Moody’s, in explaining its Aaa rating and stable outlook said “The
highest quality rating reflects Maryland’s strong financial management policies
and stable economy with high personal income levels.” While Moody’s
acknowledged “…the state’s economic exposure to constrained federal spending, its
above average debt burden and large unfunded pension liabilities relative to
the size of its economy,” they also noted “[c]onsistent with its history of
strong financial management, the state has been appropriately addressing its
structural budget gap and pension funding concerns even under pressure from
federal budget reductions.”
In assigning its AAA long-term rating and stable outlook, Standard &
Poor’s said: “The rating reflects what we view as the state’s: Broad and
diverse economy, which has experienced tepid overall growth in 2013 and 2014
due to sequestration and federal budget uncertainty; Strong wealth and income
levels; Long history of proactive financial and budget management, including
implementation of frequent and timely budget adjustments to align revenues and
expenditures; Well-developed financial and debt management policies including
long-term financial planning that should be helpful in addressing future budget
challenges; and Still-moderate debt burden across all measures, despite increasing
issuance. Although some growth in debt levels is likely based on planned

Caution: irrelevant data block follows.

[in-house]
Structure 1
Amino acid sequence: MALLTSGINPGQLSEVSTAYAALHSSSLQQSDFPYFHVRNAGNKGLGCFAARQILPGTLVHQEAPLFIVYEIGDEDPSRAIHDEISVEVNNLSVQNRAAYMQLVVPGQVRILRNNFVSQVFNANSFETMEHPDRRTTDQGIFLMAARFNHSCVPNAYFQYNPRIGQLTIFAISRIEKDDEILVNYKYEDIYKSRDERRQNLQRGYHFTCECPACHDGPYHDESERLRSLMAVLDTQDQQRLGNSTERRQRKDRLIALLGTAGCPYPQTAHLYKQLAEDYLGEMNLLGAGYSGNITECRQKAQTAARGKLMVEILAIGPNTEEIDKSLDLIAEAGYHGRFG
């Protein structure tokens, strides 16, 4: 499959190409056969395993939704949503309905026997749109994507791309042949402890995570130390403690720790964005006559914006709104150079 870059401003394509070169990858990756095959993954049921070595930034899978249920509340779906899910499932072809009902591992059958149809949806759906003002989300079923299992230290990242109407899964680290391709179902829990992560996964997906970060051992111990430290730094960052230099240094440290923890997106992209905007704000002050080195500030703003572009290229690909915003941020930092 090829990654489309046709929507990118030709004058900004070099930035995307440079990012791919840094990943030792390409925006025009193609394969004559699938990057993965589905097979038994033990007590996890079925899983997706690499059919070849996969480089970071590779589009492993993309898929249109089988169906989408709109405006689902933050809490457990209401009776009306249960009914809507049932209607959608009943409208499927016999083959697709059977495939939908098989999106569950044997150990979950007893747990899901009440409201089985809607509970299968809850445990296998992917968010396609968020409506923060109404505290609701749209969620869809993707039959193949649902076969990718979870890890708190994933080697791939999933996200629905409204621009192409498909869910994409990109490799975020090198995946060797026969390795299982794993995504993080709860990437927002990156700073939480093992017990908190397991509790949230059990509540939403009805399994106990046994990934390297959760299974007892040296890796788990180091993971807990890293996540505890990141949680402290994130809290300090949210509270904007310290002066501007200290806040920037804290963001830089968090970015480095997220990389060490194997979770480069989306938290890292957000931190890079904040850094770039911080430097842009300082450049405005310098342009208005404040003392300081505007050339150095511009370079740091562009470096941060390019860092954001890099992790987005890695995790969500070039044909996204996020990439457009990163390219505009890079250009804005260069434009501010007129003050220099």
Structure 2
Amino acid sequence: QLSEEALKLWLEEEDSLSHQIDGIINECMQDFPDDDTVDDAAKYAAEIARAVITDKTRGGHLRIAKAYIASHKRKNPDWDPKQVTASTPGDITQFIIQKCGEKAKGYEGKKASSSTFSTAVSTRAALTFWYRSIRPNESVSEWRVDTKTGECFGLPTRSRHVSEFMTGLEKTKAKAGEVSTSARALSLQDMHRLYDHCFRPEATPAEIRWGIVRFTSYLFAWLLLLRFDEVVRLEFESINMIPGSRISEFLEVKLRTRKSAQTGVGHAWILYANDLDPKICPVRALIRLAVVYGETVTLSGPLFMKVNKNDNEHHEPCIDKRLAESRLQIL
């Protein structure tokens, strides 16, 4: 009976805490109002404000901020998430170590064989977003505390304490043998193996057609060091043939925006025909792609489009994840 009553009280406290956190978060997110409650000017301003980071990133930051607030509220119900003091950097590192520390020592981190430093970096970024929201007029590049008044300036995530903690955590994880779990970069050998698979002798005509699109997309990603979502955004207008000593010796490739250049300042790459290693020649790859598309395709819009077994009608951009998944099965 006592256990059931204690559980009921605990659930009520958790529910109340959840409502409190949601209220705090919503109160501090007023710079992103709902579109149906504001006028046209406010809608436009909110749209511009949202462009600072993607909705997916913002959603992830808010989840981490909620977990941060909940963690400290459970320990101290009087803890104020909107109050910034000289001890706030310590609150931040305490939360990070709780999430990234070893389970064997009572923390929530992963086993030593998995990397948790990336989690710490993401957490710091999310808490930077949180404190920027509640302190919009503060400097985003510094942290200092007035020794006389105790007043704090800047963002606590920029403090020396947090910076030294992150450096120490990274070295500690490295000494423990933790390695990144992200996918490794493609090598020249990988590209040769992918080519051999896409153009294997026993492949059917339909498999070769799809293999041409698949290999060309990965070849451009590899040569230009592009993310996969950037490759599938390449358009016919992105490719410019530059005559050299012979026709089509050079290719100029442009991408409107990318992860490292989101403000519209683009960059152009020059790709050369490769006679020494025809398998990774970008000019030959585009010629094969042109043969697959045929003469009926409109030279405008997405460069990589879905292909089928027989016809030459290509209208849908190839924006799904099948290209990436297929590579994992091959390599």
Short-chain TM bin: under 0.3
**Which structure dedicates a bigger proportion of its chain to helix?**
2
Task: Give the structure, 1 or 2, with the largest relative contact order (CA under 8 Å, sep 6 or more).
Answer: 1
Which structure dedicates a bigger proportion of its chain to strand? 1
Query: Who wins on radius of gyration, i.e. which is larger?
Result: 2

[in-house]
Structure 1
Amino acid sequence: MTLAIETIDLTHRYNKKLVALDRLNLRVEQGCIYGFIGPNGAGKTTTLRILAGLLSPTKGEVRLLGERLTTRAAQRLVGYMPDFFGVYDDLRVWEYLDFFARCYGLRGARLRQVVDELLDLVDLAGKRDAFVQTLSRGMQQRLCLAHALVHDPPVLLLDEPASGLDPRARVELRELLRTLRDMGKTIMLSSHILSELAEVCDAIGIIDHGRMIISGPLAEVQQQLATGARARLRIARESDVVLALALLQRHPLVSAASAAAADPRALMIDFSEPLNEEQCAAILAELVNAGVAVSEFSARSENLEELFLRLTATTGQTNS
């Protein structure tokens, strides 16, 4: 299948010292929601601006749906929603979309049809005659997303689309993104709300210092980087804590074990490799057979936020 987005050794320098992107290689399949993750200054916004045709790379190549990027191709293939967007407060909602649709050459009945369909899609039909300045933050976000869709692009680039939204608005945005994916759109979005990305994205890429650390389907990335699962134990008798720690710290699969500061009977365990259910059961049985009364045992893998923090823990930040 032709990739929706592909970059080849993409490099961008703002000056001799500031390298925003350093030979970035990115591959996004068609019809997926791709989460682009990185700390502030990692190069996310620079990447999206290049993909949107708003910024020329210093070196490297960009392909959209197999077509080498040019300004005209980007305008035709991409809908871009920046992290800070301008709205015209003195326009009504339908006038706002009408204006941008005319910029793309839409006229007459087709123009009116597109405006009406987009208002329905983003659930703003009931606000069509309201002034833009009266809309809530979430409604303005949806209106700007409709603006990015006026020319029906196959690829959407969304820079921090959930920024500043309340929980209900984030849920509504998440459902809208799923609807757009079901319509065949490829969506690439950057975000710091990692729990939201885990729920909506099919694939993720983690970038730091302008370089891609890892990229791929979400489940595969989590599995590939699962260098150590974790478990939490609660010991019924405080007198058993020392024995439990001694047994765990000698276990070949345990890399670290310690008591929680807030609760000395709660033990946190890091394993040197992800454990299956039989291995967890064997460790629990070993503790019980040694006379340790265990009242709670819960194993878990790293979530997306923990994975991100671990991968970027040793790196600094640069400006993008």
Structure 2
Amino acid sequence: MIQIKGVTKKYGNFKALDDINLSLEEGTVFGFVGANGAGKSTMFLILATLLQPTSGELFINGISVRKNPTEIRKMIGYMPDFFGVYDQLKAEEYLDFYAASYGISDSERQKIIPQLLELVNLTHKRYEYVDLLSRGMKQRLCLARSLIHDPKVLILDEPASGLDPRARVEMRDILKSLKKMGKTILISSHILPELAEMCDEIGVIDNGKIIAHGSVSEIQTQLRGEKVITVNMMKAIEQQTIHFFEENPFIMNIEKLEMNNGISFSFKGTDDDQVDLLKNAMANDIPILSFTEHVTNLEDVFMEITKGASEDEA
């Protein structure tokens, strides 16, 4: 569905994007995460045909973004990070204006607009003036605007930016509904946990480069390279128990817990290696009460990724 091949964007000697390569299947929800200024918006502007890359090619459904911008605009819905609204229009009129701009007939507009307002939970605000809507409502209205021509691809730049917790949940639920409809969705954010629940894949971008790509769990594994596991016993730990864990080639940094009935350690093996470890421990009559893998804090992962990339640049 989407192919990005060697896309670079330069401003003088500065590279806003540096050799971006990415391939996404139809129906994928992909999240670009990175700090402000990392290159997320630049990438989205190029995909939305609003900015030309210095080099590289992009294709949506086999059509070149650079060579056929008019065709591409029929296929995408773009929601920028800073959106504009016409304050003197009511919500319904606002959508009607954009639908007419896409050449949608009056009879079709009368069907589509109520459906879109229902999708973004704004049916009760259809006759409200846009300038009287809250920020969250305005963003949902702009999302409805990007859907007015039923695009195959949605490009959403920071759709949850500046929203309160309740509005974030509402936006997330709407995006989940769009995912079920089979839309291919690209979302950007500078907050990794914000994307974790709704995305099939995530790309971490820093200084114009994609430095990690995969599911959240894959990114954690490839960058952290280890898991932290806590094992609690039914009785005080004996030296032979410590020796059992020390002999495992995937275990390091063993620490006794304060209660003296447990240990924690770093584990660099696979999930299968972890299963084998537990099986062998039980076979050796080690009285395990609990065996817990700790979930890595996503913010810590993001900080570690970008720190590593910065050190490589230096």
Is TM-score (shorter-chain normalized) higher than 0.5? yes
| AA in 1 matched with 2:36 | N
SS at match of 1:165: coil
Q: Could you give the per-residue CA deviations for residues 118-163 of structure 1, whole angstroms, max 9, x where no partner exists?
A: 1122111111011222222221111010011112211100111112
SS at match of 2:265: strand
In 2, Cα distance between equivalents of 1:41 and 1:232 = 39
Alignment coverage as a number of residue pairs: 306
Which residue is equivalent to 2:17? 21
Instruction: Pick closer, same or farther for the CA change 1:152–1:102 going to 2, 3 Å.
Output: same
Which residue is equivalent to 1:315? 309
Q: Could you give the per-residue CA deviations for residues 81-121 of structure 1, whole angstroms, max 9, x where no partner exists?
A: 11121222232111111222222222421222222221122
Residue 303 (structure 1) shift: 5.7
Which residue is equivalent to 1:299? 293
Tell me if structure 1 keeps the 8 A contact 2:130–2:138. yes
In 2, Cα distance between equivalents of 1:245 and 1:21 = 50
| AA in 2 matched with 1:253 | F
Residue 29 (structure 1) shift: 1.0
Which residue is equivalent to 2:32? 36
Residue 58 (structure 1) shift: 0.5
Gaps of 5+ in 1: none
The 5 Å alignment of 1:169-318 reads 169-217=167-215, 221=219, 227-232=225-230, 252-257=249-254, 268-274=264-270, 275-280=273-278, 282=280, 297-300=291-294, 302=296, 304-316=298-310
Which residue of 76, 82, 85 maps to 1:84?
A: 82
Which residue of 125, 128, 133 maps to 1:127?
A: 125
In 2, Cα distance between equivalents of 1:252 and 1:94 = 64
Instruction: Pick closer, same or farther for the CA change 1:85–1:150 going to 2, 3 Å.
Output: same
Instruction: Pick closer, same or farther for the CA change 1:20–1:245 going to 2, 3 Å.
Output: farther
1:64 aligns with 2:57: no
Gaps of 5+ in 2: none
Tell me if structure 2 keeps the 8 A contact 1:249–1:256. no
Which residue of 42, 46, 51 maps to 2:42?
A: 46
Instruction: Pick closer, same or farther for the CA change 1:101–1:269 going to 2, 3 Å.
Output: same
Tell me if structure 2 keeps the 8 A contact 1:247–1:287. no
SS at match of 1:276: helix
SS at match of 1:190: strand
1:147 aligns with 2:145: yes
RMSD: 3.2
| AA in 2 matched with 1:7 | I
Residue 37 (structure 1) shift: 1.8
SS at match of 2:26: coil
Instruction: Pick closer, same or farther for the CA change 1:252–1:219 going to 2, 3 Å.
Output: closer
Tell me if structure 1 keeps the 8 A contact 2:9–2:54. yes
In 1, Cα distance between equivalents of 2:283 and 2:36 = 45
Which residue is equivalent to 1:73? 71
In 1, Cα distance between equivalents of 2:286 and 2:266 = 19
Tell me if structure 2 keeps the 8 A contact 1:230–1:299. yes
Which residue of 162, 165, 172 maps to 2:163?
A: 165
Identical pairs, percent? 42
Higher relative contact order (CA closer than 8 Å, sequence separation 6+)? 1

issuance and the potential for public-private partnership (P3) projects, we
expect the debt burden will remain moderate for most measures due to a clearly
defined debt affordability process that limits annual issuance, coupled with a
rapid 15-year debt maturity schedule as required by the Maryland Constitution.”
Standard and Poor’s further stated: “The stable outlook on Maryland
reflects our view of the state’s proactive midyear adjustments to align the
budget with slower-than-anticipated revenue growth and a proposed fiscal 2016
budget that maintains current reserve levels and limits reliance on one-time
measures for budgetary balance.”
All three rating agencies praised Maryland’s history of strong, sound
financial management. Moody’s recognized “Maryland’s financial practices and
flexibility are very strong. For example, the state has a binding consensus
revenue forecast, multi-year financial planning, and the Board of Public Works
is able to respond swiftly to mid-year budget challenges. The state also has no
tax and spending limitations or supermajority requirements limiting its
flexibility.” Standard & Poor’s assigned a rating of “strong” to Maryland’s
management practices, noting that “…Maryland has made continuing efforts to
institute sound financial management practices. The state’s use of a five-year
financial plan, which is updated annually with the adopted budget, provides the